Why does my GICD_TYPER (ICDICTR) register indicate a higher number of CPU interfaces than cores, and could this create a problem for interrupts?

cancel
Showing results for 
Search instead for 
Did you mean: 

Why does my GICD_TYPER (ICDICTR) register indicate a higher number of CPU interfaces than cores, and could this create a problem for interrupts?

182 Views
shefft
Contributor IV

I'm on a Solo, but bits [7:5] show 001 (two interfaces) instead of 000 (one interface).  What does that mean? i.e. what exactly is a 'CPU Interface'?  How does this register get set?

Labels (2)
0 Kudos
2 Replies

41 Views
shefft
Contributor IV

I ask because of an SGI problem I;m having with the Freescale Platform SDK and the GIC unit test.  The processor never gets to the registered interrupt service routine.  The interrupt is triggered and even acknowledged.

0 Kudos

41 Views
AnsonHuang
NXP Employee
NXP Employee

Hi, Tyler

     It is OK for this register's value being 001 even on a Solo. The CPU interface means, this is a private interface for each core, although its address is same, 0xa00100 is the GIC_CPU interface's base address, but each core will need to enable it before getting it start to work. In our v3.0.35 kernel, when booting up secondary core, arch/arm/mach-mx6/platsmp.c's platform_secondary_init will call gic_secondary_init to initialize this secondary core's GIC CPU interface.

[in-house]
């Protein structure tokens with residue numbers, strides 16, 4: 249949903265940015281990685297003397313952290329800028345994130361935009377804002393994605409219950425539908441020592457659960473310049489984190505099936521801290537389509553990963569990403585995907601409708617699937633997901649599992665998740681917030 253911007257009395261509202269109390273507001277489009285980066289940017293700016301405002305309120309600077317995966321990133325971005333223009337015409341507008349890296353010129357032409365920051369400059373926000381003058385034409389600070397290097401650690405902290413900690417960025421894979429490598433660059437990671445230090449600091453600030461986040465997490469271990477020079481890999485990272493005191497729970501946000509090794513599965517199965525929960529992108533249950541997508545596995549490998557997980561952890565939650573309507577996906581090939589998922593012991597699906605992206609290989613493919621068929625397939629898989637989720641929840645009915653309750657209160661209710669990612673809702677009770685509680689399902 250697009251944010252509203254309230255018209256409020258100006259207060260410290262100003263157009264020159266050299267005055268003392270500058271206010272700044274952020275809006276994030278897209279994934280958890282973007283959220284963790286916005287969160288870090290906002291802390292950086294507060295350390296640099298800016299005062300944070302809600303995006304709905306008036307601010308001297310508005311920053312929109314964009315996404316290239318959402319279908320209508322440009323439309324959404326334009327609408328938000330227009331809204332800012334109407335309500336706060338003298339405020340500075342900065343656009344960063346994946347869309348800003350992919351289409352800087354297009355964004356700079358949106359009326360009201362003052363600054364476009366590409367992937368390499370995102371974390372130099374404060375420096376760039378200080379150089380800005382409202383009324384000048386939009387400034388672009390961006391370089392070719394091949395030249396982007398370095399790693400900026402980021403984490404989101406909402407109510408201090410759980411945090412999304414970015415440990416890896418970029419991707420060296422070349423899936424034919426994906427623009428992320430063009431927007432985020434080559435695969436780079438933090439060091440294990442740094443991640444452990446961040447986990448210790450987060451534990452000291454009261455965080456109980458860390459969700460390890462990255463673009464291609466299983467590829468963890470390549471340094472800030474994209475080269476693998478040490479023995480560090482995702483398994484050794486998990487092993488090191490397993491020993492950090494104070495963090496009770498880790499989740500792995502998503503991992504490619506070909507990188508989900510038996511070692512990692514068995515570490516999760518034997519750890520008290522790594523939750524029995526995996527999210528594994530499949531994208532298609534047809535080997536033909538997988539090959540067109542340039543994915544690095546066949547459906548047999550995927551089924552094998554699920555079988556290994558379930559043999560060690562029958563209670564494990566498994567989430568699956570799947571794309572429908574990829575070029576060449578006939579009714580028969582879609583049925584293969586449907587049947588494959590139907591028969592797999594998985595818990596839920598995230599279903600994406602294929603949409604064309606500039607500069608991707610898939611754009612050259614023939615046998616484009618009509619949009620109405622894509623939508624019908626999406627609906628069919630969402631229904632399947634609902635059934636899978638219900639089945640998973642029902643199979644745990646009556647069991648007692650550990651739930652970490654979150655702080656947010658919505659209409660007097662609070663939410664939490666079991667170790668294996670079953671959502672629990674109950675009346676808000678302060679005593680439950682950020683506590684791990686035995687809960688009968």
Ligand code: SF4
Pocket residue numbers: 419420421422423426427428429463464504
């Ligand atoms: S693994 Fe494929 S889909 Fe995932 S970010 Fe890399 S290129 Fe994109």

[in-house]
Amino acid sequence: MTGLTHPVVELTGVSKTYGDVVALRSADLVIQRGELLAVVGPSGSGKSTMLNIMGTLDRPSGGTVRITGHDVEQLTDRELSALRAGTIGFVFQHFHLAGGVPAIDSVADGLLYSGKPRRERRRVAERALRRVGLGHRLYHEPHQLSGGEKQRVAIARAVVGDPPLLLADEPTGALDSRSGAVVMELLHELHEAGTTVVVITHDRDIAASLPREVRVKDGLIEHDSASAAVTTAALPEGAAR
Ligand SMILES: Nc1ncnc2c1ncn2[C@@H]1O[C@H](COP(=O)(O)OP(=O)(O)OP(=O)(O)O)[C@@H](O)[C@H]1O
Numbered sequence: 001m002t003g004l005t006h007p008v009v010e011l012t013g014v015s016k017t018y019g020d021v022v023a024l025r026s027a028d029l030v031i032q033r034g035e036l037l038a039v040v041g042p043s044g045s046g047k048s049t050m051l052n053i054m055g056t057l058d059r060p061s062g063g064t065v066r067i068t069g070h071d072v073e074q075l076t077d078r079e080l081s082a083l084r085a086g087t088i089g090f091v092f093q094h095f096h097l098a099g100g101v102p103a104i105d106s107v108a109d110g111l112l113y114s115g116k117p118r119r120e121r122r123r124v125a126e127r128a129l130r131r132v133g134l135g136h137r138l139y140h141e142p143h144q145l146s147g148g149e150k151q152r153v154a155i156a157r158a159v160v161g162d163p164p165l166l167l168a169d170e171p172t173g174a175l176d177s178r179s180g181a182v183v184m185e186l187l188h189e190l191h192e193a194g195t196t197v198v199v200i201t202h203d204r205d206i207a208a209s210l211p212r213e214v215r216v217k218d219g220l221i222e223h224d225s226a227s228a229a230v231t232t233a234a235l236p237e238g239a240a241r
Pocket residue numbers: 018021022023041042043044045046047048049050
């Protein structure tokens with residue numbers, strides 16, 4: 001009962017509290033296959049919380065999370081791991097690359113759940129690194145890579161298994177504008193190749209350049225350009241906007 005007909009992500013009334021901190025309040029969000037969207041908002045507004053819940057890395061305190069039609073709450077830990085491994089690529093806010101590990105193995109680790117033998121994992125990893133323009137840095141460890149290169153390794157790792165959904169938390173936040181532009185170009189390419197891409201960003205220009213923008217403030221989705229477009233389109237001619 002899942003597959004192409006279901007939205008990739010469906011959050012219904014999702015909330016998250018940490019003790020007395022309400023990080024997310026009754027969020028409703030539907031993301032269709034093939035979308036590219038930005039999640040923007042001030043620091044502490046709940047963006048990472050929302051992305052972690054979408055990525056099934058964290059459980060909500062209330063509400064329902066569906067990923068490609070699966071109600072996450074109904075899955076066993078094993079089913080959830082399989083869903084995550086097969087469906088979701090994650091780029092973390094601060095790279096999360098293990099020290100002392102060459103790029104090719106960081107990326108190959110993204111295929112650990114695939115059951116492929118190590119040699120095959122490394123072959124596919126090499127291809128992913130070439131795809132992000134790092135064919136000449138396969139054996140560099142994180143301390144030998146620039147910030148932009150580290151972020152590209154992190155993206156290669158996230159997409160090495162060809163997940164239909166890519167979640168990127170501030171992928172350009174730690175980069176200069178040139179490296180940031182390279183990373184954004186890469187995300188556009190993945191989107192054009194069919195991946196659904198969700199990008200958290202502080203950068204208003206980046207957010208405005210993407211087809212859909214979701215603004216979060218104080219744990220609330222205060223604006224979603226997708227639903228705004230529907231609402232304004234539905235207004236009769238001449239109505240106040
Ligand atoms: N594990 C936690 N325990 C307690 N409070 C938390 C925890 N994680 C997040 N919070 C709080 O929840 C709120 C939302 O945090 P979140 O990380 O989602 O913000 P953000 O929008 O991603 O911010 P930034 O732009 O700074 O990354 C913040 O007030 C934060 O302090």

So, in a word, GIC_DIST is common, all cores' read/write into GIC_DIST will impact same DIST interface. But for GIC_CPU interface, each core has its own interface, can only be seen/read/write by its core.

     On your solo, as only CPU0's GIC_CPU interface is initialized, so it is OK. I think this register can NOT be set in runtime, it is a fixed  value by hardware design.

0 Kudos